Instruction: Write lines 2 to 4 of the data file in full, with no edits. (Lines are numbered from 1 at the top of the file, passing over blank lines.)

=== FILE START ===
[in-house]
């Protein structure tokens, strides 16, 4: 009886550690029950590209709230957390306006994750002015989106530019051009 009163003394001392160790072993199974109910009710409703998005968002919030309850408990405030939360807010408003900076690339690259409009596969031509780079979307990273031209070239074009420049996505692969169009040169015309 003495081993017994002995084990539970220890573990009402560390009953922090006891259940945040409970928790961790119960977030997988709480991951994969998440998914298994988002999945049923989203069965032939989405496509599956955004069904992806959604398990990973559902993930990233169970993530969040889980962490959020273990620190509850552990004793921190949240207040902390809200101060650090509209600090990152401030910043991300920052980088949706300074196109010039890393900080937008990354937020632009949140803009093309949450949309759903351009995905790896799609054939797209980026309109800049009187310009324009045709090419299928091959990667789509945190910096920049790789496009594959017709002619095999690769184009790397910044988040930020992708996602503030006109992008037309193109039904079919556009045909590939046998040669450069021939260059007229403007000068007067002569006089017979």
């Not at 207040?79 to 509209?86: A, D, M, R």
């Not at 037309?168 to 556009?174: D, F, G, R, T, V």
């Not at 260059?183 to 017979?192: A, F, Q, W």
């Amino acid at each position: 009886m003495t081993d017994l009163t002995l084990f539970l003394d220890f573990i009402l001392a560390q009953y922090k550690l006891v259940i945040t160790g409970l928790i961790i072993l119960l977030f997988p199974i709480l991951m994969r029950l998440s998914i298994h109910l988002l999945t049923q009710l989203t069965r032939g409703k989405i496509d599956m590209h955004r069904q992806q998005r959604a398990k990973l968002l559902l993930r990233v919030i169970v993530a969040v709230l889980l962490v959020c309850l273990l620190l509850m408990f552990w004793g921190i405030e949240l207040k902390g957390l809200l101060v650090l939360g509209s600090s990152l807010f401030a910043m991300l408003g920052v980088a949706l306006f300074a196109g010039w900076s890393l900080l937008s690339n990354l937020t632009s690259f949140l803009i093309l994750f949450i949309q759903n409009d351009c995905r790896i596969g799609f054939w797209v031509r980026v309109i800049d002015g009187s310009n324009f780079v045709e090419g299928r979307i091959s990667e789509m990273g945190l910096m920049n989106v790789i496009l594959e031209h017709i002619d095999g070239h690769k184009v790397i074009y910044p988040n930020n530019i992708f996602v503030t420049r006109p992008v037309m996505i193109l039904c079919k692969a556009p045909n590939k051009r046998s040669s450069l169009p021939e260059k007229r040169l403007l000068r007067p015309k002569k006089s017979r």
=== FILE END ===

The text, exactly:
């Protein structure tokens, strides 16, 4: 009886550690029950590209709230957390306006994750002015989106530019051009 009163003394001392160790072993199974109910009710409703998005968002919030309850408990405030939360807010408003900076690339690259409009596969031509780079979307990273031209070239074009420049996505692969169009040169015309 003495081993017994002995084990539970220890573990009402560390009953922090006891259940945040409970928790961790119960977030997988709480991951994969998440998914298994988002999945049923989203069965032939989405496509599956955004069904992806959604398990990973559902993930990233169970993530969040889980962490959020273990620190509850552990004793921190949240207040902390809200101060650090509209600090990152401030910043991300920052980088949706300074196109010039890393900080937008990354937020632009949140803009093309949450949309759903351009995905790896799609054939797209980026309109800049009187310009324009045709090419299928091959990667789509945190910096920049790789496009594959017709002619095999690769184009790397910044988040930020992708996602503030006109992008037309193109039904079919556009045909590939046998040669450069021939260059007229403007000068007067002569006089017979």
């Not at 207040?79 to 509209?86: A, D, M, R």
């Not at 037309?168 to 556009?174: D, F, G, R, T, V």